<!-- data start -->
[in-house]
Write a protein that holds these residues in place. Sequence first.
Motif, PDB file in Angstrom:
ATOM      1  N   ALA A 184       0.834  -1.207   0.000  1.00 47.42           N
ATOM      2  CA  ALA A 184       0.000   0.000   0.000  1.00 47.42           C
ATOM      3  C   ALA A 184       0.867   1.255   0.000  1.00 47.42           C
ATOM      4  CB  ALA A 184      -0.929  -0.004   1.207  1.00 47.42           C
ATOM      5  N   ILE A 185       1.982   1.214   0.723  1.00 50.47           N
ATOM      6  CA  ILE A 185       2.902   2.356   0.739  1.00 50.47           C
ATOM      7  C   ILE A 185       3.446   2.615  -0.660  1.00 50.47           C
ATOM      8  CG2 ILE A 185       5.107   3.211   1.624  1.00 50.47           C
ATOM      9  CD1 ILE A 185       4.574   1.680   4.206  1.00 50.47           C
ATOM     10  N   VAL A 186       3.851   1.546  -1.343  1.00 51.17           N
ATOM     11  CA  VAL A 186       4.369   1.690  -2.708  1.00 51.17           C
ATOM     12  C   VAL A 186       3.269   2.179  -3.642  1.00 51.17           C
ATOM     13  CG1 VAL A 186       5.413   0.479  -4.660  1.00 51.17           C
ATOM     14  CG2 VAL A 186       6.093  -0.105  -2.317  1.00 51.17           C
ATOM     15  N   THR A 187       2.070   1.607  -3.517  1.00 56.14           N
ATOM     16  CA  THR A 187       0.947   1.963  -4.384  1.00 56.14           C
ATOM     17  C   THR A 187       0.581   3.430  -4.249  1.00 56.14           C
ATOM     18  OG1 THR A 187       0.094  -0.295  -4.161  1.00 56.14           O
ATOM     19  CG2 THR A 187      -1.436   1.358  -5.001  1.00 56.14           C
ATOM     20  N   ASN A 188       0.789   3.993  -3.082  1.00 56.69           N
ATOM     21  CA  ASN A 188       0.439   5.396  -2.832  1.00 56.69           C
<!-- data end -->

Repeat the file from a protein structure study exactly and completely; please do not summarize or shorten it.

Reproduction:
[in-house]
Write a protein that holds these residues in place. Sequence first.
Motif, PDB file in Angstrom:
ATOM      1  N   ALA A 184       0.834  -1.207   0.000  1.00 47.42           N
ATOM      2  CA  ALA A 184       0.000   0.000   0.000  1.00 47.42           C
ATOM      3  C   ALA A 184       0.867   1.255   0.000  1.00 47.42           C
ATOM      4  CB  ALA A 184      -0.929  -0.004   1.207  1.00 47.42           C
ATOM      5  N   ILE A 185       1.982   1.214   0.723  1.00 50.47           N
ATOM      6  CA  ILE A 185       2.902   2.356   0.739  1.00 50.47           C
ATOM      7  C   ILE A 185       3.446   2.615  -0.660  1.00 50.47           C
ATOM      8  CG2 ILE A 185       5.107   3.211   1.624  1.00 50.47           C
ATOM      9  CD1 ILE A 185       4.574   1.680   4.206  1.00 50.47           C
ATOM     10  N   VAL A 186       3.851   1.546  -1.343  1.00 51.17           N
ATOM     11  CA  VAL A 186       4.369   1.690  -2.708  1.00 51.17           C
ATOM     12  C   VAL A 186       3.269   2.179  -3.642  1.00 51.17           C
ATOM     13  CG1 VAL A 186       5.413   0.479  -4.660  1.00 51.17           C
ATOM     14  CG2 VAL A 186       6.093  -0.105  -2.317  1.00 51.17           C
ATOM     15  N   THR A 187       2.070   1.607  -3.517  1.00 56.14           N
ATOM     16  CA  THR A 187       0.947   1.963  -4.384  1.00 56.14           C
ATOM     17  C   THR A 187       0.581   3.430  -4.249  1.00 56.14           C
ATOM     18  OG1 THR A 187       0.094  -0.295  -4.161  1.00 56.14           O
ATOM     19  CG2 THR A 187      -1.436   1.358  -5.001  1.00 56.14           C
ATOM     20  N   ASN A 188       0.789   3.993  -3.082  1.00 56.69           N
ATOM     21  CA  ASN A 188       0.439   5.396  -2.832  1.00 56.69           C